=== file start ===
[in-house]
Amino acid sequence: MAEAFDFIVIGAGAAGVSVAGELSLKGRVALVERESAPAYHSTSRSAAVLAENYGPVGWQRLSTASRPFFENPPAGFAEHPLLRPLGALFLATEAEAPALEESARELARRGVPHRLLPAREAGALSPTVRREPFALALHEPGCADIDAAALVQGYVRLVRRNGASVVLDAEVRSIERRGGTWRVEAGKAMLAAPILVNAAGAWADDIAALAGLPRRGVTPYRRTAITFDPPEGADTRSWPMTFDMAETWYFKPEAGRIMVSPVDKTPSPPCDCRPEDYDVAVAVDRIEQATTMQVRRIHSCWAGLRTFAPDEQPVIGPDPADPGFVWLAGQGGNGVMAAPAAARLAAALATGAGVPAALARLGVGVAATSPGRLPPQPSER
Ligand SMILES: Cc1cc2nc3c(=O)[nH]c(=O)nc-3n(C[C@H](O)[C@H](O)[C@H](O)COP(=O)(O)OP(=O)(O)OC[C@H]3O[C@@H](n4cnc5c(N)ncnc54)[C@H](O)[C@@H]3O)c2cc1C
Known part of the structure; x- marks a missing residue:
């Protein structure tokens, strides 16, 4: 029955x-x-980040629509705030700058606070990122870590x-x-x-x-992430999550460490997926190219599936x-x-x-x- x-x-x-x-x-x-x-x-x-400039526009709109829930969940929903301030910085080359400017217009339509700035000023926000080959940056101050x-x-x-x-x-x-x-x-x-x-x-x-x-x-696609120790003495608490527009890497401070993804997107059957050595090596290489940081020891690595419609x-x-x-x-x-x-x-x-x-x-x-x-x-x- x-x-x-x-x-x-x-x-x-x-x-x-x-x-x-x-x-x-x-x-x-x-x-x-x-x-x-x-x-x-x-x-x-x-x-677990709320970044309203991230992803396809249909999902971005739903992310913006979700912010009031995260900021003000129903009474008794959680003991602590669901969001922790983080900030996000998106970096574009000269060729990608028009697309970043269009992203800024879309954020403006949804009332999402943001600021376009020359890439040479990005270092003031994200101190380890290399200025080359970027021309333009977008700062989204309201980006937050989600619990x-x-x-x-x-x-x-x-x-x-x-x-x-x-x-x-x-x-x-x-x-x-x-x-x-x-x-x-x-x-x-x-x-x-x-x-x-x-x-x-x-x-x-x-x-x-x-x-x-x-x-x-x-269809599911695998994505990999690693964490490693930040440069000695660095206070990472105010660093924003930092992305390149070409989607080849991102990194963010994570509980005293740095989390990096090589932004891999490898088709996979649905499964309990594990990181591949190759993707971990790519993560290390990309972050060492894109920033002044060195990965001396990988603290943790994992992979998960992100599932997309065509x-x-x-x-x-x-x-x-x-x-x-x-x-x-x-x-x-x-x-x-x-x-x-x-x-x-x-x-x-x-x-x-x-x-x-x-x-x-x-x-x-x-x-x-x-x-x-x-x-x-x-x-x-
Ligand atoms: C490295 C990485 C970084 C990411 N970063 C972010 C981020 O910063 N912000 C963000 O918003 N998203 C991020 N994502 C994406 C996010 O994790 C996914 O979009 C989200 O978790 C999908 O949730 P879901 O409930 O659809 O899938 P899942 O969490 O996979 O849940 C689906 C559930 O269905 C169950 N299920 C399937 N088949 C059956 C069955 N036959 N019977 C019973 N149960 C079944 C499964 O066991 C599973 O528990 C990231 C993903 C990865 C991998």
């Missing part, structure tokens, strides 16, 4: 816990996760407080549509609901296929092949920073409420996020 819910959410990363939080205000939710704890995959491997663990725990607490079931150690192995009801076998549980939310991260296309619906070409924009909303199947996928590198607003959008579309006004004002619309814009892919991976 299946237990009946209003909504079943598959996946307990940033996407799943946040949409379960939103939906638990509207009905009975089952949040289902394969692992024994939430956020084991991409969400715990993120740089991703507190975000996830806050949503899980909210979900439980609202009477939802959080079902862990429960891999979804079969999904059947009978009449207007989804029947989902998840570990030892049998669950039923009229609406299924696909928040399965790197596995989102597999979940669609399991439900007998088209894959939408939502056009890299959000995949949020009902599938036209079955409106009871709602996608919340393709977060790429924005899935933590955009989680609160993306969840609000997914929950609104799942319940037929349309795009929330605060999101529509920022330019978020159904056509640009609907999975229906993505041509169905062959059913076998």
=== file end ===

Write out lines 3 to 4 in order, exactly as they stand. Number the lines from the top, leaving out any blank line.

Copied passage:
Ligand SMILES: Cc1cc2nc3c(=O)[nH]c(=O)nc-3n(C[C@H](O)[C@H](O)[C@H](O)COP(=O)(O)OP(=O)(O)OC[C@H]3O[C@@H](n4cnc5c(N)ncnc54)[C@H](O)[C@@H]3O)c2cc1C
Known part of the structure; x- marks a missing residue: